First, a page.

Chartreux Cat Breed
About Chartreux Cats
The Chartreux is a large, muscular cat with short, relatively fine-boned limbs, big round paws and extremely fast reflexes. It is described as being primitive in type - neither cobby nor classic. The Chartreux is sometimes confused with the British Blue Shorthair, as they are quite similar in appearance. Both breeds are large, robust and full in body, with legs that are slightly shorter in proportion to their bodies. However, the Chartreux is lighter, more slender and more refined than its British counterpart and is never referred to as course or clumsy. The Chartreux has been described as looking like a "potato on toothpicks". Both the Chartreux and the British Blue Shorthair are truly “blue” in coloration, which is not common in domestic cats.
This is a friendly, intelligent, self-confident and affectionate breed, but not intrusively so. Chartreux cats tend to be quiet-voiced and typically do not annoy their owners with constant meowing or crying. They are quite observant and have been known to operate radio buttons and open screen door latches with their faces and paws. Chartreuxs are playful well into their adult years. They are gentle and good with children and other animals. They are non-aggressive and very affectionate. They also are good travelers. Chartreux tend to bond with one person in their household more than others, preferring to be in the general vicinity of that one special person, often following him or her from room to room. However, they are still loving and affectionate to other members of the household.
Chartreux are exceptional hunters. They historically have been and still are highly prized by farmers, even to this day. Their reputation as mousers is legendary in French literature. This is not a particularly high-strung breed, but the Chartreux does need and appreciate regular exercise and activity. It is completely comfortable being entirely a house cat.
Environment and attention are said to have everything to do with the behavior and manners of adult cats of this breed. The Chartreux can take up to three years to reach full maturity. The stage between kitten-hood and adulthood is often scraggly and reminiscent of a teen-aged human. Once the Chartreux cats mature, however, it seems to happen overnight. These cats are very dog-like in disposition and are known to follow their favorite people from room to room. They can be taught to play fetch and typically learn to respond to their names when called. Chartreuxs are relatively quiet cats, but when they do vocalize, they tend to emit soft amusing chirps rather than loud annoying meows. They seem fascinated by television. This feline breed is most happily housed entirely indoors. However, they are reknowned for their hunting prowess, and thus they will reliably keep their households free from rodents.
Legend has it that the Chartreux descends from cats owned by the French Carthusian order of monks, who lived in the monastery of La Grande Chartreuse, near Grenoble, France, during the Middle Ages. This monastery dates back to the 1300s, or perhaps even earlier. The naturalist author Georges Louis Buffon documented details of a blue feline breed in his work, Histoire Naturelle, which was published in 1756. However, the precise origins of the Chartreux breed are not well-documented. Rumor and legend suggest that the ancestors of the Chartreux were brought to the European continent by knights after the Crusades. Allegedly, these unusual cats, prized for their unique thick blue coats, were entrusted to the care of the French monks, who bred them selectively and only permitted spayed or neutered animals to be sold to outsiders. Other experts believe that the Chartreux actually was named after fine Spanish wool that was prevalent in the early 18th century, due to the unusual texture and character of the cat’s fur.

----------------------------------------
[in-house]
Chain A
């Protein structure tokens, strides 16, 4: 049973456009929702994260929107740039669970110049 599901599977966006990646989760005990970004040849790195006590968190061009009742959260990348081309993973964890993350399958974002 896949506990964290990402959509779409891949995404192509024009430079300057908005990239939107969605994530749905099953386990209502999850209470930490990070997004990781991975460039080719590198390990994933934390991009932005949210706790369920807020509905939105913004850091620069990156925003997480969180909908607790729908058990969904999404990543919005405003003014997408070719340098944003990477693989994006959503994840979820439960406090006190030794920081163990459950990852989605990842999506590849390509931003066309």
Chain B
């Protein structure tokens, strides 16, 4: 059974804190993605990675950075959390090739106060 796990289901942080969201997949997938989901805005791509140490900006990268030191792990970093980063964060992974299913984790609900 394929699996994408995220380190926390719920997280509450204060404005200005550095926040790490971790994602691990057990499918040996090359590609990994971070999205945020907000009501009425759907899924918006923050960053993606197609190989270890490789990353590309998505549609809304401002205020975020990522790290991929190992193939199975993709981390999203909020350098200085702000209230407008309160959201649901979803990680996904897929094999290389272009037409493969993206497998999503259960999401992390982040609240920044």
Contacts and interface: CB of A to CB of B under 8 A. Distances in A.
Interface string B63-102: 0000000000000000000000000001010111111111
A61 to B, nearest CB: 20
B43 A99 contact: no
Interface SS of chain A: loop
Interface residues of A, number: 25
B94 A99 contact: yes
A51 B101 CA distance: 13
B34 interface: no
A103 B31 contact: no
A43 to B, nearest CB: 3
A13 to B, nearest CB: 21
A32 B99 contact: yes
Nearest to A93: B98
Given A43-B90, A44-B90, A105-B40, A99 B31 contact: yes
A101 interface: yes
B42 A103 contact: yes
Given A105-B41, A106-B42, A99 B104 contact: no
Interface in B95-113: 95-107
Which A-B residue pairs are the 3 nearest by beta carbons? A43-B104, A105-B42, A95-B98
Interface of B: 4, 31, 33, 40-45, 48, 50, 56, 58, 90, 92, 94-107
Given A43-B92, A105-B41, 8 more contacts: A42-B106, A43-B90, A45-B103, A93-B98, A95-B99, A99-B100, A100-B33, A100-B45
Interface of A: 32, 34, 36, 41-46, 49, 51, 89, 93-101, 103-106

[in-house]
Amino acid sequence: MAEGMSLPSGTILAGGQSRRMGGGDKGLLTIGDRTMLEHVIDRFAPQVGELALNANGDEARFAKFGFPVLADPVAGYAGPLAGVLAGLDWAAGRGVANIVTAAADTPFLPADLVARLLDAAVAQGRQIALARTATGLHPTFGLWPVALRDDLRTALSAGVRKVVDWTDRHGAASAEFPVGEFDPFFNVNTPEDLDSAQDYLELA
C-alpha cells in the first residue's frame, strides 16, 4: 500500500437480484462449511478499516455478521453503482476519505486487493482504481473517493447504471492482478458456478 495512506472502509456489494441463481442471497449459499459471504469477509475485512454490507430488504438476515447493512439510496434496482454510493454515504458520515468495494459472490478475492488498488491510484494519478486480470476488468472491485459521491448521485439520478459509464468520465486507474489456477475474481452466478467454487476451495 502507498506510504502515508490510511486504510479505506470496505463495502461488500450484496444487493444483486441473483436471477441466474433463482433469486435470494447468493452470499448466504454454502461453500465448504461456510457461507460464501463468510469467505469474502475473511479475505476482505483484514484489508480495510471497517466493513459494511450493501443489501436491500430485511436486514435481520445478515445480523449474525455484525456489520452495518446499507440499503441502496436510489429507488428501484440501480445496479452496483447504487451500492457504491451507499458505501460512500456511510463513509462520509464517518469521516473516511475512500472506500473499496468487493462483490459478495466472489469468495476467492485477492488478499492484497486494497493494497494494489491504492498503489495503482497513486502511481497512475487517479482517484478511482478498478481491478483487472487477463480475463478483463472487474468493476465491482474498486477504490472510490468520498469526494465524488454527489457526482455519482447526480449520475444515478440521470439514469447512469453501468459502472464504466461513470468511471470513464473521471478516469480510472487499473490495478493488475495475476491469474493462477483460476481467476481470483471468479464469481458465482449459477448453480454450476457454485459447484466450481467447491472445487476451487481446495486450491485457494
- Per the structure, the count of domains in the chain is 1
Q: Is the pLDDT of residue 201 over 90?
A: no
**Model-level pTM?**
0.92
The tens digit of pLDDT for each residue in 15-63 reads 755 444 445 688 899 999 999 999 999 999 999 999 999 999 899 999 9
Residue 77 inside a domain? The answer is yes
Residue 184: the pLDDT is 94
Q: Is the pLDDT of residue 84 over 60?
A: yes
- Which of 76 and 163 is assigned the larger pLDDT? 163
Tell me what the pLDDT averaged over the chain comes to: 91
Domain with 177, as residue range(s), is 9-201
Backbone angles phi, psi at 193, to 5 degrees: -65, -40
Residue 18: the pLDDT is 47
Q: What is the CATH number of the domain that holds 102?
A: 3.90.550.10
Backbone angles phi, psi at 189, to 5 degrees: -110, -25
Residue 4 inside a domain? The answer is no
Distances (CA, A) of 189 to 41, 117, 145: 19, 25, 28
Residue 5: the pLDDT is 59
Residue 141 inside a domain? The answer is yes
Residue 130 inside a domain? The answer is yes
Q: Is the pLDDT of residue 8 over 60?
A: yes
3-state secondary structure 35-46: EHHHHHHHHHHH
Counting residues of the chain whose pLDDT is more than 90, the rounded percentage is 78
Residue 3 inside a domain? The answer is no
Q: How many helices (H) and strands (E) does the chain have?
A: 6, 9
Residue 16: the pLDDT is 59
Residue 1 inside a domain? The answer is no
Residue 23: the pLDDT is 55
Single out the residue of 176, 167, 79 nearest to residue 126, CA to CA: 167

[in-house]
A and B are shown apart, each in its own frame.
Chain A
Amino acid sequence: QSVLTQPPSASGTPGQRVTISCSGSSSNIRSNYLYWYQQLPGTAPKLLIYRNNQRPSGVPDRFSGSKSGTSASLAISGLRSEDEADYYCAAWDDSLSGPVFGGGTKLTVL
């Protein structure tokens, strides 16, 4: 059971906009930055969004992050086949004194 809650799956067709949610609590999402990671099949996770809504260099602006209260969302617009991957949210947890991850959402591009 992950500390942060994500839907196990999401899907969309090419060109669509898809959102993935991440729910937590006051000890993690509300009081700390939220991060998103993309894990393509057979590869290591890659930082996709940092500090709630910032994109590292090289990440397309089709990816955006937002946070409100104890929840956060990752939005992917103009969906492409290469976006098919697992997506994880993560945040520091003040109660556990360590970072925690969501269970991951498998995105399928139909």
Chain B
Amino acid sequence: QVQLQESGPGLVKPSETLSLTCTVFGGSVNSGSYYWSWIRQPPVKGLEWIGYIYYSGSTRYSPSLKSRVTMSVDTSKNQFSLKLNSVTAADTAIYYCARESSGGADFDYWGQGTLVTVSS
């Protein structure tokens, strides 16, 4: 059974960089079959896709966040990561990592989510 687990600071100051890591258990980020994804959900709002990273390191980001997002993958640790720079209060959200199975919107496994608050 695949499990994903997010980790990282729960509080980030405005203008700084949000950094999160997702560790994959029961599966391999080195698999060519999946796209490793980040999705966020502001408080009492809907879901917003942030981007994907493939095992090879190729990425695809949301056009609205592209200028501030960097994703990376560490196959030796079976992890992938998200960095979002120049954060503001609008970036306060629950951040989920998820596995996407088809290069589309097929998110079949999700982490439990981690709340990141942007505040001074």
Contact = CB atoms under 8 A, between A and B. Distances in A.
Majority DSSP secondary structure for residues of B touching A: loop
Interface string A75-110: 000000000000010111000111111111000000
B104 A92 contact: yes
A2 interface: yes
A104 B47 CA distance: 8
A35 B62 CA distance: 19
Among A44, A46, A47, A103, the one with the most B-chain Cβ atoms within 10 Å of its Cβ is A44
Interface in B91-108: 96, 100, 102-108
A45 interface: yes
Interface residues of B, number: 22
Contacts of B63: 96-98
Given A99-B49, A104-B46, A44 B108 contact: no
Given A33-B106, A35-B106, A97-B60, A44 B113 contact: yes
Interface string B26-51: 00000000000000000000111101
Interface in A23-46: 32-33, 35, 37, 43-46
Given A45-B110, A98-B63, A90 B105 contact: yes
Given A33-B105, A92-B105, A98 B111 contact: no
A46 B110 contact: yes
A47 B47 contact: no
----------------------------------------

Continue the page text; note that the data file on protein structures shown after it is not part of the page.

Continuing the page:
In any event, by the 1920s, the Chartreux in Europe had declined significantly in numbers. Apparently, the breed survived largely through the concerted efforts of two sisters who found several of these unusual, bluish-gray cats roaming around the grounds of a hospital in France. The sisters crossed these cats with both purebred Blue Chartreux and with British Shorthairs. They also added non-pedigreed cats to the mix, in their attempt to maintain and refine this traditional French feline breed. By the 1930s, a French veterinarian had coined the name for the breed, Felis catus cartusianorum. During World War II, other French breeders tried to save the breed from extinction by outcrossing to Persians and British Shorthairs. However, the original Chartreux cats that were imported to the United States came from the French countryside, and only those cats were used in breeding programs to produce and preserve the natural status of the present pedigreed Chartreux.
This lovely breed was brought to the United States in the 1970s, through the efforts of John and Helen Gamon. The breed achieved recognition and championship status from the American Cat Fanciers’ Association in 1987. Today, many American-bred Chartreux are being returned to French breeders, thus reducing even further their availability in the United States. Today’s Chartreuxs are not to be confused with the British Blue Shorthair or the European Blue Shorthair. This cat is much more massive, with a distinctively jowled head and a different disposition.
This is a healthy breed, with no reported breed-related health problems.
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